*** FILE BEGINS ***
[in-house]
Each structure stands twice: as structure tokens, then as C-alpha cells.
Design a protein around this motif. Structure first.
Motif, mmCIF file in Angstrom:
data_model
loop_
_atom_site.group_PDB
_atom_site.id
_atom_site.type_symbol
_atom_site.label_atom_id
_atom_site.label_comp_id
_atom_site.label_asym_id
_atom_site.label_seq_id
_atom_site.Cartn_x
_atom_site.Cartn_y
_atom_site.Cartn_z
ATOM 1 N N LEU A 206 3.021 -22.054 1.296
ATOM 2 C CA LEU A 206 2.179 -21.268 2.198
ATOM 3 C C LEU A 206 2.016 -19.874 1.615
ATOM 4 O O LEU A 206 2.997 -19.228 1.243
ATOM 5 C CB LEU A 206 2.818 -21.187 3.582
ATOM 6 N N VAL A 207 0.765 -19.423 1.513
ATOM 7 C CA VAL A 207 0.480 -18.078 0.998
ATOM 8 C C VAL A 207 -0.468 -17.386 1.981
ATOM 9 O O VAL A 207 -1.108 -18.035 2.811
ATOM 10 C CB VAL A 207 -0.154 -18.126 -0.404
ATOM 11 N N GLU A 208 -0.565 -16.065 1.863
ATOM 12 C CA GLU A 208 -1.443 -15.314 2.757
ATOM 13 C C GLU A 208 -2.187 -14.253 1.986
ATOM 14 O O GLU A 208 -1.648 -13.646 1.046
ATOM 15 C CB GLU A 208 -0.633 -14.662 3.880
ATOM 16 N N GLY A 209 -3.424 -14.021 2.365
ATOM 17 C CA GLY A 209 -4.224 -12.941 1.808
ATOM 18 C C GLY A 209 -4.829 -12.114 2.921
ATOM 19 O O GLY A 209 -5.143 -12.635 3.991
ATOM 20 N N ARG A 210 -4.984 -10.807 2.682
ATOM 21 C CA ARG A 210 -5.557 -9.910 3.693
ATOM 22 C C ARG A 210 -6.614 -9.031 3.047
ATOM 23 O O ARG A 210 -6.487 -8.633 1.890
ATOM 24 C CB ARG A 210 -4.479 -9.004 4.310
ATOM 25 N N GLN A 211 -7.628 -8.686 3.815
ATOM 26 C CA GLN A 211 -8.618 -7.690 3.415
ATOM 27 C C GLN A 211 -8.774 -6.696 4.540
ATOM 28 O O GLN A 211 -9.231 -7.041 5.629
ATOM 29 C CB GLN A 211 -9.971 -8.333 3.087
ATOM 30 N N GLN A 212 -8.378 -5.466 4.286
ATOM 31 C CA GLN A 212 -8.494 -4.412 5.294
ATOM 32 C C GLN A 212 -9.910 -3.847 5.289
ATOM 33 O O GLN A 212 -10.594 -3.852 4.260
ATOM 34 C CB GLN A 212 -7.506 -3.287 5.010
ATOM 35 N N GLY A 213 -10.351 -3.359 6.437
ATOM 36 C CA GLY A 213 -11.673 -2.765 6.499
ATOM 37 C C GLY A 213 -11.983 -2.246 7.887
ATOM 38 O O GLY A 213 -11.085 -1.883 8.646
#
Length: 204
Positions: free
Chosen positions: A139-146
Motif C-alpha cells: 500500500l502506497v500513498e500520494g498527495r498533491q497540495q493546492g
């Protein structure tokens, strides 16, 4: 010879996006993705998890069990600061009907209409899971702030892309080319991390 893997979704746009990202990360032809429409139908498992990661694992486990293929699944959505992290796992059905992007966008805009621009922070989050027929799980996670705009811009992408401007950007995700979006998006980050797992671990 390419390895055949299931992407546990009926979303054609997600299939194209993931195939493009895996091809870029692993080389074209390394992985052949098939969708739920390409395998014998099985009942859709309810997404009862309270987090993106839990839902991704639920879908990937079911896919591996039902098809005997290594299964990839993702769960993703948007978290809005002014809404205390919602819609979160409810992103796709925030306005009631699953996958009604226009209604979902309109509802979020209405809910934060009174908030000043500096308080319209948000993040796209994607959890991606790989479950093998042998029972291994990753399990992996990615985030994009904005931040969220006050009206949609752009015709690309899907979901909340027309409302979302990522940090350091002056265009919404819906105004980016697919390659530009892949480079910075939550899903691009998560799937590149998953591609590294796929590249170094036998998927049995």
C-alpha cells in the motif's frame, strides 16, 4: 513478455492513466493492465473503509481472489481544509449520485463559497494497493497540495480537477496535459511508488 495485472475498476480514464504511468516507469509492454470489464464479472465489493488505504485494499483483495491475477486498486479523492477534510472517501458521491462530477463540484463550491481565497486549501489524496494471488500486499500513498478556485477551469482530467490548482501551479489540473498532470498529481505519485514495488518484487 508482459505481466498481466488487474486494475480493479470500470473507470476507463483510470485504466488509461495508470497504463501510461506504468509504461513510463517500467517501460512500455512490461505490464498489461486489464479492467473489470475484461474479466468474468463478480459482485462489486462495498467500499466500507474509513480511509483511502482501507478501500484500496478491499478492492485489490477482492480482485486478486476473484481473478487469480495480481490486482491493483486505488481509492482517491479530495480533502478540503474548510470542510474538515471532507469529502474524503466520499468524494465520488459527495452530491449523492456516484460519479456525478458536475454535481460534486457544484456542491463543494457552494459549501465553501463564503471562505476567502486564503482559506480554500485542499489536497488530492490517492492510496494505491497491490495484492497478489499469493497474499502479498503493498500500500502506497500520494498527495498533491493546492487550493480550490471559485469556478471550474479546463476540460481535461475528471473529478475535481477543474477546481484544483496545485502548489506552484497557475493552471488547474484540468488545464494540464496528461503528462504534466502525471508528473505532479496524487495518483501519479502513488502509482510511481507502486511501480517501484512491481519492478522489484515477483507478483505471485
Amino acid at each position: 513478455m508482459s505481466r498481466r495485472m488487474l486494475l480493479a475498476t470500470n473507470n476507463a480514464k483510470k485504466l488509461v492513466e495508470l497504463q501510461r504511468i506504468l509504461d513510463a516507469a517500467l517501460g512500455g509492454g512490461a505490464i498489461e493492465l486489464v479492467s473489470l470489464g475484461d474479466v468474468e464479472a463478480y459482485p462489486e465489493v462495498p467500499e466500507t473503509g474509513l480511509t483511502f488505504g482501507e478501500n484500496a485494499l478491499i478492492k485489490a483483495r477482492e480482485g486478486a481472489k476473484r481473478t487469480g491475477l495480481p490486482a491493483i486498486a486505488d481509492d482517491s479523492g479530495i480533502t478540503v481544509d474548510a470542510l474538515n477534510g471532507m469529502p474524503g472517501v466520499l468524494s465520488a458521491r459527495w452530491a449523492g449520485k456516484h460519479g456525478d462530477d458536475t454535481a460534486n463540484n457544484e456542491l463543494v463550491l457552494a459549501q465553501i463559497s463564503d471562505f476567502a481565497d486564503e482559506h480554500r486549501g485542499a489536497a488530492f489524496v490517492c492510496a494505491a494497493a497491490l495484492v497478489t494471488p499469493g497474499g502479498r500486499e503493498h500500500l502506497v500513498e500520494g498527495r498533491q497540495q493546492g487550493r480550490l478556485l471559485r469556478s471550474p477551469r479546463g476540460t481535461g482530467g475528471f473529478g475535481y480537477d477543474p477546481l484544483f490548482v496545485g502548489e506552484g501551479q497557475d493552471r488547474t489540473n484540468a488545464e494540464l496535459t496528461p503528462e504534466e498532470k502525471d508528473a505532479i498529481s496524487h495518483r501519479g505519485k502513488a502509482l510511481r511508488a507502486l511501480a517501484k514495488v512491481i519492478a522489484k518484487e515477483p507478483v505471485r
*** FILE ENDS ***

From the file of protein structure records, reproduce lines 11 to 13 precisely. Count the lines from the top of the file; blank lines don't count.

_atom_site.label_comp_id
_atom_site.label_asym_id
_atom_site.label_seq_id